Historically, periods in which huge quantities of data have been made available, such as the invention of search engines and social media, have coincided with significant innovation and advances in AI and machine learning. The introduction of 5G will be no different - transforming automation, robotics and IoT, ultimately leading to a fifth industrial revolution, or “Industry 5.0.”
According to a recent report, an estimated 1.5 billion people are expected to be connected to 5G networks by 2024. Contrary to popular belief, the advantage of 5G is not so much increased bandwidth over current 4G services, but rather its ability to support more than 250 times the number of devices per square kilometer. Not only will each connection support higher bandwidth - possibly up to 1Ghz - but there will be far more connected devices than ever before.
With 5G, sensors on any device will be able to connect to the Internet regardless of Wi-Fi availability - enabling mobile devices 24/7 access to bandwidth. The applications are vast - from smart medical devices, such as pacemakers and insulin pumps that monitor your body and apply the appropriate treatment in real time, to a connected Internet of autonomous vehicles.
Self-driving cars rely on a constant stream of navigational data - for instance, my family’s Tesla is brimming with cameras and sensors and 5G will allow that data to be stored to build a highly detailed picture of every road. Currently, lots of the data generated from vehicles and other connected devices is being lost because there is no way to transmit it across 4G networks; 5G will make this possible.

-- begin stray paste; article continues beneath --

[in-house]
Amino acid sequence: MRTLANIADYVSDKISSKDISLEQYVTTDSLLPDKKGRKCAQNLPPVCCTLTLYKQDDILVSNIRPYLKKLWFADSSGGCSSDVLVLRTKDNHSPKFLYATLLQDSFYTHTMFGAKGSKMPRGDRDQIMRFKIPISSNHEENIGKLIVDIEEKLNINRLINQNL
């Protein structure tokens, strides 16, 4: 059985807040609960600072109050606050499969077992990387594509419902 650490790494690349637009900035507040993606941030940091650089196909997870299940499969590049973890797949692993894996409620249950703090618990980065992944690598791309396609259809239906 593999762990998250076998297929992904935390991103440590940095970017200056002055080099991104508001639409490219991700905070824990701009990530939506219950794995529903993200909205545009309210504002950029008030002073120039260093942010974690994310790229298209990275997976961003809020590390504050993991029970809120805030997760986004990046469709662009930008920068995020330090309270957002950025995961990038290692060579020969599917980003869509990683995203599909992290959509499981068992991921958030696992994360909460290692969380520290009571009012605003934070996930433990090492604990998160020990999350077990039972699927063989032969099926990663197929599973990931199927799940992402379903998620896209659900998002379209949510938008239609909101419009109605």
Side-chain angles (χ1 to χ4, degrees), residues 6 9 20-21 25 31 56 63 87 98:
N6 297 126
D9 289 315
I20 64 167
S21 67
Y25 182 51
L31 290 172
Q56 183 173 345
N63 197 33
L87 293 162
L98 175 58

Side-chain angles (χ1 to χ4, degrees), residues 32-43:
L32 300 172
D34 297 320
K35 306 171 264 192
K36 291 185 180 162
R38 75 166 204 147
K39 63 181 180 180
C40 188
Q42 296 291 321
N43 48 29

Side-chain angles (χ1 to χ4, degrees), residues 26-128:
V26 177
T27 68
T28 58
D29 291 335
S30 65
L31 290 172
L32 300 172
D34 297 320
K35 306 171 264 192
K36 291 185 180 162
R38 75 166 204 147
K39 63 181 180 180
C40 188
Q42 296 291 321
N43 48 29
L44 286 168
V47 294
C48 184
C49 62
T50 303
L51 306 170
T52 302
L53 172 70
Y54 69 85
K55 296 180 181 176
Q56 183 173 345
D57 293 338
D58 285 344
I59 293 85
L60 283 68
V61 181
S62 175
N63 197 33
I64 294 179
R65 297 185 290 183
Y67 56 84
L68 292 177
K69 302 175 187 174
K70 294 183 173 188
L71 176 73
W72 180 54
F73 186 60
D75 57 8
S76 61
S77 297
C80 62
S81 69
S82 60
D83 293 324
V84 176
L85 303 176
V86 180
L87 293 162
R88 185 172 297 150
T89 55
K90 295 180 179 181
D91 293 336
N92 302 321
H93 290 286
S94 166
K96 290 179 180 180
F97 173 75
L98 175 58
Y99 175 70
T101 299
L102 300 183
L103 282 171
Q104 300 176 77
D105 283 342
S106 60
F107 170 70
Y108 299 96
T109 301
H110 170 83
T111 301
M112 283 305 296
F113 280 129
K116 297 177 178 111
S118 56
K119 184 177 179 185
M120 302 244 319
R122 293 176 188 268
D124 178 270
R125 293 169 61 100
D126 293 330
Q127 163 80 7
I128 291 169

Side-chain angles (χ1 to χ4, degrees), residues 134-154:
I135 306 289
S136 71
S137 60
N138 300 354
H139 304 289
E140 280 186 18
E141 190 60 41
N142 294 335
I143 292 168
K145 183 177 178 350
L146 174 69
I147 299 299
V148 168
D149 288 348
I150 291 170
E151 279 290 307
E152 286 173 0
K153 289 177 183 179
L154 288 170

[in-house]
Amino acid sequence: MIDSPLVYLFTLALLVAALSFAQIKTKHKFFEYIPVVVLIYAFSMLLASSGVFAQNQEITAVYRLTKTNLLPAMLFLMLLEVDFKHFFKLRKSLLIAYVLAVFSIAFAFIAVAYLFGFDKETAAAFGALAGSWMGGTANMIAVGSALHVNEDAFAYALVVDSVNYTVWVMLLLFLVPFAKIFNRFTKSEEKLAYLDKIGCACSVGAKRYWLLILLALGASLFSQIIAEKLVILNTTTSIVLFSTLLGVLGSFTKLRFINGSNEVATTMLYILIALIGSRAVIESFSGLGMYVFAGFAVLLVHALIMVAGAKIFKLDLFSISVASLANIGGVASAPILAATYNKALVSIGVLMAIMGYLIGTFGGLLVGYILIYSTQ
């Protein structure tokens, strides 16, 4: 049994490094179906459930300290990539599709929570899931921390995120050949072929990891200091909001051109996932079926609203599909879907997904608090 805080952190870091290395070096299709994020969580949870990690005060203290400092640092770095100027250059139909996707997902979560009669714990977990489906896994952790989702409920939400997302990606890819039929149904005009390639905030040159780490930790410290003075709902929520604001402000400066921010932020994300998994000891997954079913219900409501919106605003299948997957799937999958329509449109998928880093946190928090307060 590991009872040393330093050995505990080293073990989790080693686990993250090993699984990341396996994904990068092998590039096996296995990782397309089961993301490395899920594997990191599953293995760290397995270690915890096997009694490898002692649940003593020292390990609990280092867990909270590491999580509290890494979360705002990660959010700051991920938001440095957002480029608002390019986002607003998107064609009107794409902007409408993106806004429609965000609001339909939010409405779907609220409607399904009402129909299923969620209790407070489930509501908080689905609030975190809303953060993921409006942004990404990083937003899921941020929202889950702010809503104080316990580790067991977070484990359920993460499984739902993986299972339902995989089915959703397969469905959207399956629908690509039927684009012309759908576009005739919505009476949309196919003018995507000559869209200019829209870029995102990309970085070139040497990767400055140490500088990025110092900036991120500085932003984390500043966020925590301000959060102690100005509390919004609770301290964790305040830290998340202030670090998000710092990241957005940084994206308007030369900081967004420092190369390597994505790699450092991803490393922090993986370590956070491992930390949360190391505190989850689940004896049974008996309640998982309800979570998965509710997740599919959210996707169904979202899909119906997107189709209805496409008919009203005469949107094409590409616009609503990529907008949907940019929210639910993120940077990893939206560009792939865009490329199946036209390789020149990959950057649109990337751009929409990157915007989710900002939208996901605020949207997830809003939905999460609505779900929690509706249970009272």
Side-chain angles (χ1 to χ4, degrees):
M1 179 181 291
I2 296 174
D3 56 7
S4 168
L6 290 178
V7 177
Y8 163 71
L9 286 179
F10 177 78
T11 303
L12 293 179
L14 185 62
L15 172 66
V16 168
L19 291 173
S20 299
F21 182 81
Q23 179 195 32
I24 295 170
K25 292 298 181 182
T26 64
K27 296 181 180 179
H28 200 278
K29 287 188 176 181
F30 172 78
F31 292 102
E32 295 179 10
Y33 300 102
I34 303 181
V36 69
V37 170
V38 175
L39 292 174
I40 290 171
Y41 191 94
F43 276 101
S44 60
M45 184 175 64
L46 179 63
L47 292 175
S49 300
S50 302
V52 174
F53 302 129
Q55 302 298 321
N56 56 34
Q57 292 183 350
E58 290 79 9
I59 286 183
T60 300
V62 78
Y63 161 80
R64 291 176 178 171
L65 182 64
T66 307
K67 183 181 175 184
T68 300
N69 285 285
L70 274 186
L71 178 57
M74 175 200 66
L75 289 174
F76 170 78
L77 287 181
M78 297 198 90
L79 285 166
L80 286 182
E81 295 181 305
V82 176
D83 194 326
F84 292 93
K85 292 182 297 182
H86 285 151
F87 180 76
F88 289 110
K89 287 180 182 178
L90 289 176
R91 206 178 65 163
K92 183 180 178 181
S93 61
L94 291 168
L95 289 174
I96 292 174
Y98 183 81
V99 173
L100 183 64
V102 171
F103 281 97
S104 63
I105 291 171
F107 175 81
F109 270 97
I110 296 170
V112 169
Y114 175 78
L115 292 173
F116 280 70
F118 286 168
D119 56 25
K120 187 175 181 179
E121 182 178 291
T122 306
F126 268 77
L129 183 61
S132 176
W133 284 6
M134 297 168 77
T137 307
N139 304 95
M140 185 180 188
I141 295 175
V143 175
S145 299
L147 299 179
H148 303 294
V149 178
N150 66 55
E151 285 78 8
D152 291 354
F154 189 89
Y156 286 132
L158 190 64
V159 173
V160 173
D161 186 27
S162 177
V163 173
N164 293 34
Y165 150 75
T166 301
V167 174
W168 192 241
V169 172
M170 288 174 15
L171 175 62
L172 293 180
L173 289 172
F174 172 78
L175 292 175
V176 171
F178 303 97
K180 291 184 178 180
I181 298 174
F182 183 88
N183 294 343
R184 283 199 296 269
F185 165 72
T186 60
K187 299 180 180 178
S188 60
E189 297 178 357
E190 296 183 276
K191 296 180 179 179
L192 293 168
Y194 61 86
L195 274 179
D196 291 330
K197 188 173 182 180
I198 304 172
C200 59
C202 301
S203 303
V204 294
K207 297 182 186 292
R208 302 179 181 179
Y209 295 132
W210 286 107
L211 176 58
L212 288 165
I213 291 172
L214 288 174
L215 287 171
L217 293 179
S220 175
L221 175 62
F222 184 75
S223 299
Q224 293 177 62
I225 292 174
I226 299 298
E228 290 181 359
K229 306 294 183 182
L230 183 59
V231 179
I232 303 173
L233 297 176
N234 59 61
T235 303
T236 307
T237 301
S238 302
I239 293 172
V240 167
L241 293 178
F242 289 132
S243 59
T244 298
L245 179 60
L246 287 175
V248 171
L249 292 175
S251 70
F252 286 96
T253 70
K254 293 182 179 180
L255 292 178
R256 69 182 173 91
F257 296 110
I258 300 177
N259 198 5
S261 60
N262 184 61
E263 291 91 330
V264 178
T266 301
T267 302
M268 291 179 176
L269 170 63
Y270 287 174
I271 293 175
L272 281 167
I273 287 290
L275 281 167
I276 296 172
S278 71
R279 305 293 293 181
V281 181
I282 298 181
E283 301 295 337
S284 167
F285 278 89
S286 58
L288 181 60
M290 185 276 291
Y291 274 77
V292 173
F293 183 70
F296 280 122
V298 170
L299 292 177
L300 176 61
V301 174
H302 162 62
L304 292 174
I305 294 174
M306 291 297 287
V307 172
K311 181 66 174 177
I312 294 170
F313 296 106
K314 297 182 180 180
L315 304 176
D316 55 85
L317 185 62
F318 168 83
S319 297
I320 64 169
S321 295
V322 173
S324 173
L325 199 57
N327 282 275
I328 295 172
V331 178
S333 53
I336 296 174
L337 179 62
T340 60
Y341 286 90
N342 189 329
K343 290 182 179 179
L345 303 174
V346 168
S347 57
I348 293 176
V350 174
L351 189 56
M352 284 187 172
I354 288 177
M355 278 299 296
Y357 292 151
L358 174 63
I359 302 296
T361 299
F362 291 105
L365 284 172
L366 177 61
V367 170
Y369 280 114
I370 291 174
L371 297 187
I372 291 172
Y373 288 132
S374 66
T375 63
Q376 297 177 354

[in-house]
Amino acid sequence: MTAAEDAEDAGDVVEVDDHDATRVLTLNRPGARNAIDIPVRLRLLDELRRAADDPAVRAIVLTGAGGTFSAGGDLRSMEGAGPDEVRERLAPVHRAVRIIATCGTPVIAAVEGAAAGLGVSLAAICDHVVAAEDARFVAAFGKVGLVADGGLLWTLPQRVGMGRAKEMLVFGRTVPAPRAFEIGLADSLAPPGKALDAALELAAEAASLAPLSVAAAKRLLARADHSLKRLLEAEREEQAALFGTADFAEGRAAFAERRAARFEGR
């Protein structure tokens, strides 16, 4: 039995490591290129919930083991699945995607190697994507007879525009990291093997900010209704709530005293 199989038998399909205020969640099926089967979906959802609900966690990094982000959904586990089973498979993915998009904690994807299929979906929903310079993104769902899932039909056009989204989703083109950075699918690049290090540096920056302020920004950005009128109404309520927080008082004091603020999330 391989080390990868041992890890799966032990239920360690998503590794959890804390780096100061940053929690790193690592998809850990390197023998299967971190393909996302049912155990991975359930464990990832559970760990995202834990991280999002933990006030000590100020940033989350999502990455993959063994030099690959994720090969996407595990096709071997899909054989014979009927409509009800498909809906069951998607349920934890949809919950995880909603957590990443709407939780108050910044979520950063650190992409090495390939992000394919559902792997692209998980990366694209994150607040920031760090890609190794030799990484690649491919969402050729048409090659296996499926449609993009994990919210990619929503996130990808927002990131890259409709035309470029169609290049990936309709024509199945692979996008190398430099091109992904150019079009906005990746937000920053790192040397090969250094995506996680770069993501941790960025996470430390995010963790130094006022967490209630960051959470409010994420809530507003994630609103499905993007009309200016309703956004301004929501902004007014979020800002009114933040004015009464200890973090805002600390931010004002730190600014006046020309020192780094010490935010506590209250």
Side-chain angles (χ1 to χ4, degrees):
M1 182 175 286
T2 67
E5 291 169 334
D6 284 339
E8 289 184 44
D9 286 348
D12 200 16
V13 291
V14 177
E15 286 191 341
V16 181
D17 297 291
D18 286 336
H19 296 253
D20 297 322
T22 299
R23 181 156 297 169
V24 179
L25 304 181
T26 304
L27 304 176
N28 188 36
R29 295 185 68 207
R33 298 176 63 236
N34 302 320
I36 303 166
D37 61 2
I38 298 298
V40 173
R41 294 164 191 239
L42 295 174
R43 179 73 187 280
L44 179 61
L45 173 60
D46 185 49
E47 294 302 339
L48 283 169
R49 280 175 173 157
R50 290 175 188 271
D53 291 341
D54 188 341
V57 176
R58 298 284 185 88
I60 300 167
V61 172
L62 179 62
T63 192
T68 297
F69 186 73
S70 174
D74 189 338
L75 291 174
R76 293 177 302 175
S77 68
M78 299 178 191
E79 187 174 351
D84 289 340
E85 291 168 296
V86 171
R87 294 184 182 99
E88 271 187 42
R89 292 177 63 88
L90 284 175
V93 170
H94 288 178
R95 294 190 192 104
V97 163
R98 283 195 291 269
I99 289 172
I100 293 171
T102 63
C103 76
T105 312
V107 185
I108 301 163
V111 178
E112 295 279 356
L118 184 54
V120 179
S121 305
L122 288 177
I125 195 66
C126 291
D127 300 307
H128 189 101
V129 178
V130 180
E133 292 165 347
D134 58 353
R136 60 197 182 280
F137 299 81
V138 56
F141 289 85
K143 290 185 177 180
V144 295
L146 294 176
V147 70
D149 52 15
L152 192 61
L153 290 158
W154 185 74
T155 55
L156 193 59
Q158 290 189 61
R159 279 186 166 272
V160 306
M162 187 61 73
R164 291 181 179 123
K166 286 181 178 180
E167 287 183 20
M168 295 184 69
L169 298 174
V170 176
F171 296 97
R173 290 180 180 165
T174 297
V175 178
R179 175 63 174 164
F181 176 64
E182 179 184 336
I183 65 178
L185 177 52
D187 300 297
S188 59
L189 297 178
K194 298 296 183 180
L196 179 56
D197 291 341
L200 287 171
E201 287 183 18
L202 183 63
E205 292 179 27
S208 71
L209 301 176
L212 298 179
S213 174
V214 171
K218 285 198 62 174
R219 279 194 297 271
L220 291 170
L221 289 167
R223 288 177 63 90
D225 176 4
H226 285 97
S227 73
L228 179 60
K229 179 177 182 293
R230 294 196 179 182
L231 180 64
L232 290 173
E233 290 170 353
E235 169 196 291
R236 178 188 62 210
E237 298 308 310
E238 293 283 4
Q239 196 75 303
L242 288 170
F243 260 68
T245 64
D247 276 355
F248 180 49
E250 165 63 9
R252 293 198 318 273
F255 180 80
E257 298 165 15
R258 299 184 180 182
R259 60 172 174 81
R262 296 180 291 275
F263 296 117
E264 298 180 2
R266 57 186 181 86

Where will all the data go?
Another prime example of a technology that will chew up enormous amounts of the new bandwidth provided by 5G is surveillance cameras. With 5G, the installation of high resolution (4K) video cameras will require only electrical power, as 5G can provide the bandwidth. Specifically, 4K video cameras produce data at a rate of roughly 25mbps (which equates to 216 terabytes per day, or 6.4 petabytes per month). With hundreds of millions of surveillance cameras in operation around the world, it’s easy to see how the demand for data storage is going to explode from surveillance alone.
It all begs the question: where will all the data go? Recent research from IDC shows that the amount of data stored is doubling every two years and is expected to reach 163 zettabytes by 2025. The bottom line is that 5G will result in an explosion of data and, consequently, a dramatic increase in the need to store it and analyse it.
How can companies adapt their storage infrastructure to keep up?
As digital transformation reshapes virtually every industry around the world, companies will need the infrastructure in place to enable them to pull actionable, on-the-fly insights from the voluminous data they generate. The move to Industry 5.0 is forcing every business to think differently about how they interact with their data and, when it comes to upgraded data management strategies, a cloud-first architecture is emerging as the clear favorite.
Up until now, Amazon, Google and Microsoft have done their best to build walls around their ‘one-stop-shop’ infrastructure offerings - but I’m confident this won’t last. Companies need fast and easy-to-use solutions that don't lock them in or hike up costs without warning. They’re learning about the benefits of taking a multi-cloud approach, in which they can use a combination of private and public cloud services, providing greater flexibility, cost savings and a way to avoid vendor lock-in.
There are a handful of solutions on the market facilitating the multi-cloud strategy that offer superior storage at a fraction of the price of a first generation provider like Amazon. As a result, the data center of the future will see multiple vendors’ offerings all working together to one standard.
We are on the cusp of the next technological boom, and while Industry 5.0 might seem like a grand vision in the distant future, the technology is ripe to turn it into a reality. 5G networks are already being rolled out and developments in AI, robotics and automation are thriving across the globe, but future growth depends on being able to access and make sense of huge volumes of data quickly and easily.
While we don’t know exactly how close we are to a fifth industrial revolution, companies moving their data storage to the cloud is the first, and most important step in taking us there.